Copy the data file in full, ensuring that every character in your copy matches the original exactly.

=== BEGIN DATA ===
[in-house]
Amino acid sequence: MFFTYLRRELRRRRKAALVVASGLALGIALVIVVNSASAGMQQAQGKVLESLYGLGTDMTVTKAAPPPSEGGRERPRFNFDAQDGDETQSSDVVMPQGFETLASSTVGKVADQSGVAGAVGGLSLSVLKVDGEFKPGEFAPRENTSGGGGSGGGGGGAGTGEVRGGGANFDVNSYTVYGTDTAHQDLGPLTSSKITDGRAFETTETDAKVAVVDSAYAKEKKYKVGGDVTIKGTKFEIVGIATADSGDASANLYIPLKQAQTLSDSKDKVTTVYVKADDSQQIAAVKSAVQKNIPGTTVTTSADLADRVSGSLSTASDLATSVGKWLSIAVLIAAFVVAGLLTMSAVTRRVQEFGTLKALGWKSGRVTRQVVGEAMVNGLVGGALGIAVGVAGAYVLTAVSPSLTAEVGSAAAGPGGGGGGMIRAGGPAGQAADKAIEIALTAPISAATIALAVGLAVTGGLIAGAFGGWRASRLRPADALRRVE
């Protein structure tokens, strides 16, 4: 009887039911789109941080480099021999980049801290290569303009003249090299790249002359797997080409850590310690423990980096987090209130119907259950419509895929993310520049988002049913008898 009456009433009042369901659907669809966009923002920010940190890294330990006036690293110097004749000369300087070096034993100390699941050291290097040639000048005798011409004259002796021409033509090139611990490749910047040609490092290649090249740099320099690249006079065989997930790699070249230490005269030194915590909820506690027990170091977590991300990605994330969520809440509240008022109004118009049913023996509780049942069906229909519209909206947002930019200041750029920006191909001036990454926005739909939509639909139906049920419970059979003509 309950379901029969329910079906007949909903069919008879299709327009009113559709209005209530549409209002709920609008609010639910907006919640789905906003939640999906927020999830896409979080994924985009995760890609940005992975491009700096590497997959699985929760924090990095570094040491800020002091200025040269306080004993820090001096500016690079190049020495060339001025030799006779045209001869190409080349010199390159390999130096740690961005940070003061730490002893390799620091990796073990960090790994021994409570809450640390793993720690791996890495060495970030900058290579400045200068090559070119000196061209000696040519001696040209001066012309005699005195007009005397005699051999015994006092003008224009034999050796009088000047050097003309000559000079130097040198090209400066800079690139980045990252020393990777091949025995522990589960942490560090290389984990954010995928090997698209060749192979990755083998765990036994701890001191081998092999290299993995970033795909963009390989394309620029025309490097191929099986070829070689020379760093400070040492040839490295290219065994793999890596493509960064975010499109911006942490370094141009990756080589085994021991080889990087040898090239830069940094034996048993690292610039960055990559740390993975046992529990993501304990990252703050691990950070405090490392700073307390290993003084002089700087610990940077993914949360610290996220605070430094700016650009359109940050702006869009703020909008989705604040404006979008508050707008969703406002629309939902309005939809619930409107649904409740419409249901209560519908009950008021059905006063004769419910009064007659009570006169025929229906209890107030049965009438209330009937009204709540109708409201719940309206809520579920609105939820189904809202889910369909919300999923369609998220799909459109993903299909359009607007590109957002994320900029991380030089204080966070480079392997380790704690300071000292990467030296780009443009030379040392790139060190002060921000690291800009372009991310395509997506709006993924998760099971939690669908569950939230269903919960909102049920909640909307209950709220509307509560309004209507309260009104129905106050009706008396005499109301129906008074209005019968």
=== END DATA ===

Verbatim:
[in-house]
Amino acid sequence: MFFTYLRRELRRRRKAALVVASGLALGIALVIVVNSASAGMQQAQGKVLESLYGLGTDMTVTKAAPPPSEGGRERPRFNFDAQDGDETQSSDVVMPQGFETLASSTVGKVADQSGVAGAVGGLSLSVLKVDGEFKPGEFAPRENTSGGGGSGGGGGGAGTGEVRGGGANFDVNSYTVYGTDTAHQDLGPLTSSKITDGRAFETTETDAKVAVVDSAYAKEKKYKVGGDVTIKGTKFEIVGIATADSGDASANLYIPLKQAQTLSDSKDKVTTVYVKADDSQQIAAVKSAVQKNIPGTTVTTSADLADRVSGSLSTASDLATSVGKWLSIAVLIAAFVVAGLLTMSAVTRRVQEFGTLKALGWKSGRVTRQVVGEAMVNGLVGGALGIAVGVAGAYVLTAVSPSLTAEVGSAAAGPGGGGGGMIRAGGPAGQAADKAIEIALTAPISAATIALAVGLAVTGGLIAGAFGGWRASRLRPADALRRVE
């Protein structure tokens, strides 16, 4: 009887039911789109941080480099021999980049801290290569303009003249090299790249002359797997080409850590310690423990980096987090209130119907259950419509895929993310520049988002049913008898 009456009433009042369901659907669809966009923002920010940190890294330990006036690293110097004749000369300087070096034993100390699941050291290097040639000048005798011409004259002796021409033509090139611990490749910047040609490092290649090249740099320099690249006079065989997930790699070249230490005269030194915590909820506690027990170091977590991300990605994330969520809440509240008022109004118009049913023996509780049942069906229909519209909206947002930019200041750029920006191909001036990454926005739909939509639909139906049920419970059979003509 309950379901029969329910079906007949909903069919008879299709327009009113559709209005209530549409209002709920609008609010639910907006919640789905906003939640999906927020999830896409979080994924985009995760890609940005992975491009700096590497997959699985929760924090990095570094040491800020002091200025040269306080004993820090001096500016690079190049020495060339001025030799006779045209001869190409080349010199390159390999130096740690961005940070003061730490002893390799620091990796073990960090790994021994409570809450640390793993720690791996890495060495970030900058290579400045200068090559070119000196061209000696040519001696040209001066012309005699005195007009005397005699051999015994006092003008224009034999050796009088000047050097003309000559000079130097040198090209400066800079690139980045990252020393990777091949025995522990589960942490560090290389984990954010995928090997698209060749192979990755083998765990036994701890001191081998092999290299993995970033795909963009390989394309620029025309490097191929099986070829070689020379760093400070040492040839490295290219065994793999890596493509960064975010499109911006942490370094141009990756080589085994021991080889990087040898090239830069940094034996048993690292610039960055990559740390993975046992529990993501304990990252703050691990950070405090490392700073307390290993003084002089700087610990940077993914949360610290996220605070430094700016650009359109940050702006869009703020909008989705604040404006979008508050707008969703406002629309939902309005939809619930409107649904409740419409249901209560519908009950008021059905006063004769419910009064007659009570006169025929229906209890107030049965009438209330009937009204709540109708409201719940309206809520579920609105939820189904809202889910369909919300999923369609998220799909459109993903299909359009607007590109957002994320900029991380030089204080966070480079392997380790704690300071000292990467030296780009443009030379040392790139060190002060921000690291800009372009991310395509997506709006993924998760099971939690669908569950939230269903919960909102049920909640909307209950709220509307509560309004209507309260009104129905106050009706008396005499109301129906008074209005019968």